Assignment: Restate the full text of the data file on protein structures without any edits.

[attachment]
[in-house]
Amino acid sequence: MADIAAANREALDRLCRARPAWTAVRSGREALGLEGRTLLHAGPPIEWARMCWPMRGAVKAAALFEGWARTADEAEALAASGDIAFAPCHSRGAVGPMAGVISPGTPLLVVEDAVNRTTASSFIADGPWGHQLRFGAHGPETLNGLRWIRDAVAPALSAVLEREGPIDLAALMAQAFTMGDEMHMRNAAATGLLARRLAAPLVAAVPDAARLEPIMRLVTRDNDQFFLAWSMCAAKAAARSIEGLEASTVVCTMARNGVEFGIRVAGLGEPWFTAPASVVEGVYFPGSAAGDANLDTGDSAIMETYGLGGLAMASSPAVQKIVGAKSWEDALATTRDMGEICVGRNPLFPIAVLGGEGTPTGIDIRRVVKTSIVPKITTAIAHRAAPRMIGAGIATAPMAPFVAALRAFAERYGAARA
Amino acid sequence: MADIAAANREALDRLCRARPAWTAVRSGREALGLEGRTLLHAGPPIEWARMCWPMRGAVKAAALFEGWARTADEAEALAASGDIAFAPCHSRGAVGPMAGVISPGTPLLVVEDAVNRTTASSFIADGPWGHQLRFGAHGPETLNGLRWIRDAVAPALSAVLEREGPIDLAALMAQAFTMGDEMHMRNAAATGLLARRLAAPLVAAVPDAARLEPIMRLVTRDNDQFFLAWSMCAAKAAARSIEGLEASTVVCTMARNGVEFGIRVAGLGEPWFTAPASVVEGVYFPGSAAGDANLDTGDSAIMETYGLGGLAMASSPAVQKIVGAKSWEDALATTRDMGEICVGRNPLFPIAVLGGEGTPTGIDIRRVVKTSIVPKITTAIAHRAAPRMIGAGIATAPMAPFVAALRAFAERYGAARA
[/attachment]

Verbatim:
[in-house]
Amino acid sequence: MADIAAANREALDRLCRARPAWTAVRSGREALGLEGRTLLHAGPPIEWARMCWPMRGAVKAAALFEGWARTADEAEALAASGDIAFAPCHSRGAVGPMAGVISPGTPLLVVEDAVNRTTASSFIADGPWGHQLRFGAHGPETLNGLRWIRDAVAPALSAVLEREGPIDLAALMAQAFTMGDEMHMRNAAATGLLARRLAAPLVAAVPDAARLEPIMRLVTRDNDQFFLAWSMCAAKAAARSIEGLEASTVVCTMARNGVEFGIRVAGLGEPWFTAPASVVEGVYFPGSAAGDANLDTGDSAIMETYGLGGLAMASSPAVQKIVGAKSWEDALATTRDMGEICVGRNPLFPIAVLGGEGTPTGIDIRRVVKTSIVPKITTAIAHRAAPRMIGAGIATAPMAPFVAALRAFAERYGAARA
Amino acid sequence: MADIAAANREALDRLCRARPAWTAVRSGREALGLEGRTLLHAGPPIEWARMCWPMRGAVKAAALFEGWARTADEAEALAASGDIAFAPCHSRGAVGPMAGVISPGTPLLVVEDAVNRTTASSFIADGPWGHQLRFGAHGPETLNGLRWIRDAVAPALSAVLEREGPIDLAALMAQAFTMGDEMHMRNAAATGLLARRLAAPLVAAVPDAARLEPIMRLVTRDNDQFFLAWSMCAAKAAARSIEGLEASTVVCTMARNGVEFGIRVAGLGEPWFTAPASVVEGVYFPGSAAGDANLDTGDSAIMETYGLGGLAMASSPAVQKIVGAKSWEDALATTRDMGEICVGRNPLFPIAVLGGEGTPTGIDIRRVVKTSIVPKITTAIAHRAAPRMIGAGIATAPMAPFVAALRAFAERYGAARA